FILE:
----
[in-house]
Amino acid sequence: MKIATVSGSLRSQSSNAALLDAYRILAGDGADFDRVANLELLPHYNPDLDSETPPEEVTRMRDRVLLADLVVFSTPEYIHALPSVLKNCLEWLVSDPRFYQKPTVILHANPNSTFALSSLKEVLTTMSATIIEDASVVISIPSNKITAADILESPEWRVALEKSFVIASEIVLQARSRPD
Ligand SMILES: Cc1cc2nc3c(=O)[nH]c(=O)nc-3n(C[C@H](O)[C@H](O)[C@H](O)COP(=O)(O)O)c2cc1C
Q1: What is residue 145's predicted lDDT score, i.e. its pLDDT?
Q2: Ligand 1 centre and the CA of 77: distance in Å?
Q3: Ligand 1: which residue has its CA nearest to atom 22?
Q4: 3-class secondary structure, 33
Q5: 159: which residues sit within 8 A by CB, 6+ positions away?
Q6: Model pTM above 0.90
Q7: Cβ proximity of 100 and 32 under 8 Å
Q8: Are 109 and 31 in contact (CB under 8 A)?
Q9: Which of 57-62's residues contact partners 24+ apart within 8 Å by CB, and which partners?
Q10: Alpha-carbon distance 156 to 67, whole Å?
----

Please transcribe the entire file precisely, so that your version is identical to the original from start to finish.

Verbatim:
[in-house]
Amino acid sequence: MKIATVSGSLRSQSSNAALLDAYRILAGDGADFDRVANLELLPHYNPDLDSETPPEEVTRMRDRVLLADLVVFSTPEYIHALPSVLKNCLEWLVSDPRFYQKPTVILHANPNSTFALSSLKEVLTTMSATIIEDASVVISIPSNKITAADILESPEWRVALEKSFVIASEIVLQARSRPD
Ligand SMILES: Cc1cc2nc3c(=O)[nH]c(=O)nc-3n(C[C@H](O)[C@H](O)[C@H](O)COP(=O)(O)O)c2cc1C
Q1: What is residue 145's predicted lDDT score, i.e. its pLDDT?
Q2: Ligand 1 centre and the CA of 77: distance in Å?
Q3: Ligand 1: which residue has its CA nearest to atom 22?
Q4: 3-class secondary structure, 33
Q5: 159: which residues sit within 8 A by CB, 6+ positions away?
Q6: Model pTM above 0.90
Q7: Cβ proximity of 100 and 32 under 8 Å
Q8: Are 109 and 31 in contact (CB under 8 A)?
Q9: Which of 57-62's residues contact partners 24+ apart within 8 Å by CB, and which partners?
Q10: Alpha-carbon distance 156 to 67, whole Å?